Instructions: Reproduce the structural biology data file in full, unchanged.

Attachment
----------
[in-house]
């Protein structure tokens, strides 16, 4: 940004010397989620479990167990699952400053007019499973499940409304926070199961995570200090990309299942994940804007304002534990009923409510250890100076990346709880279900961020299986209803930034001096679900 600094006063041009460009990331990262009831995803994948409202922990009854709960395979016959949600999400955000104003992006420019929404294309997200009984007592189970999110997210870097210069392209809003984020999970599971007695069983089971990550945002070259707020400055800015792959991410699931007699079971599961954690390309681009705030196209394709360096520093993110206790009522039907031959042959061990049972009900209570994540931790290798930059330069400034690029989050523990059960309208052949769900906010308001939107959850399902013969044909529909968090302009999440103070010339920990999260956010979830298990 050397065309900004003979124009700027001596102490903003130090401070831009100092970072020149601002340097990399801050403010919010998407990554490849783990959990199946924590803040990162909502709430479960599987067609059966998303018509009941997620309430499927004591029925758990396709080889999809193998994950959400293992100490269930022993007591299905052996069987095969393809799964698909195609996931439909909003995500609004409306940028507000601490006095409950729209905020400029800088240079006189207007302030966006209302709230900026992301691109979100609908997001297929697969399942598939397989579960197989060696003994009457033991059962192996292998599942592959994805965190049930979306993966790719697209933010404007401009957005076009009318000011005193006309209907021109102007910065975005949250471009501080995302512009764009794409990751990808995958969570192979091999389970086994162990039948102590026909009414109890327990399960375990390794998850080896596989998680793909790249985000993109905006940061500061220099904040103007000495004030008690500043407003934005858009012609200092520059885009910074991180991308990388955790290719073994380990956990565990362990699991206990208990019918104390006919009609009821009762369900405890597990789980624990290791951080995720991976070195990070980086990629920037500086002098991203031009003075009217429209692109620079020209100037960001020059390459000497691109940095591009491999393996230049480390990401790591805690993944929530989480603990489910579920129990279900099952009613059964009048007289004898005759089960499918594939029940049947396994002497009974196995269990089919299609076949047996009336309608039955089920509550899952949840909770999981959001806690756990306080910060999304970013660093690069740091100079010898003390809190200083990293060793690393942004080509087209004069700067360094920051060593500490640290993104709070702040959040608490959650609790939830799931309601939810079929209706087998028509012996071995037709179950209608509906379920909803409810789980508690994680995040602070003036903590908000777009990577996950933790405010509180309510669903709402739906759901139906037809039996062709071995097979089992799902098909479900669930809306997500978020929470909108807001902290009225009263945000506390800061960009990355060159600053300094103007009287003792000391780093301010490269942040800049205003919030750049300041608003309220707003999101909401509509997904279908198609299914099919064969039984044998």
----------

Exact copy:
[in-house]
């Protein structure tokens, strides 16, 4: 940004010397989620479990167990699952400053007019499973499940409304926070199961995570200090990309299942994940804007304002534990009923409510250890100076990346709880279900961020299986209803930034001096679900 600094006063041009460009990331990262009831995803994948409202922990009854709960395979016959949600999400955000104003992006420019929404294309997200009984007592189970999110997210870097210069392209809003984020999970599971007695069983089971990550945002070259707020400055800015792959991410699931007699079971599961954690390309681009705030196209394709360096520093993110206790009522039907031959042959061990049972009900209570994540931790290798930059330069400034690029989050523990059960309208052949769900906010308001939107959850399902013969044909529909968090302009999440103070010339920990999260956010979830298990 050397065309900004003979124009700027001596102490903003130090401070831009100092970072020149601002340097990399801050403010919010998407990554490849783990959990199946924590803040990162909502709430479960599987067609059966998303018509009941997620309430499927004591029925758990396709080889999809193998994950959400293992100490269930022993007591299905052996069987095969393809799964698909195609996931439909909003995500609004409306940028507000601490006095409950729209905020400029800088240079006189207007302030966006209302709230900026992301691109979100609908997001297929697969399942598939397989579960197989060696003994009457033991059962192996292998599942592959994805965190049930979306993966790719697209933010404007401009957005076009009318000011005193006309209907021109102007910065975005949250471009501080995302512009764009794409990751990808995958969570192979091999389970086994162990039948102590026909009414109890327990399960375990390794998850080896596989998680793909790249985000993109905006940061500061220099904040103007000495004030008690500043407003934005858009012609200092520059885009910074991180991308990388955790290719073994380990956990565990362990699991206990208990019918104390006919009609009821009762369900405890597990789980624990290791951080995720991976070195990070980086990629920037500086002098991203031009003075009217429209692109620079020209100037960001020059390459000497691109940095591009491999393996230049480390990401790591805690993944929530989480603990489910579920129990279900099952009613059964009048007289004898005759089960499918594939029940049947396994002497009974196995269990089919299609076949047996009336309608039955089920509550899952949840909770999981959001806690756990306080910060999304970013660093690069740091100079010898003390809190200083990293060793690393942004080509087209004069700067360094920051060593500490640290993104709070702040959040608490959650609790939830799931309601939810079929209706087998028509012996071995037709179950209608509906379920909803409810789980508690994680995040602070003036903590908000777009990577996950933790405010509180309510669903709402739906759901139906037809039996062709071995097979089992799902098909479900669930809306997500978020929470909108807001902290009225009263945000506390800061960009990355060159600053300094103007009287003792000391780093301010490269942040800049205003919030750049300041608003309220707003999101909401509509997904279908198609299914099919064969039984044998």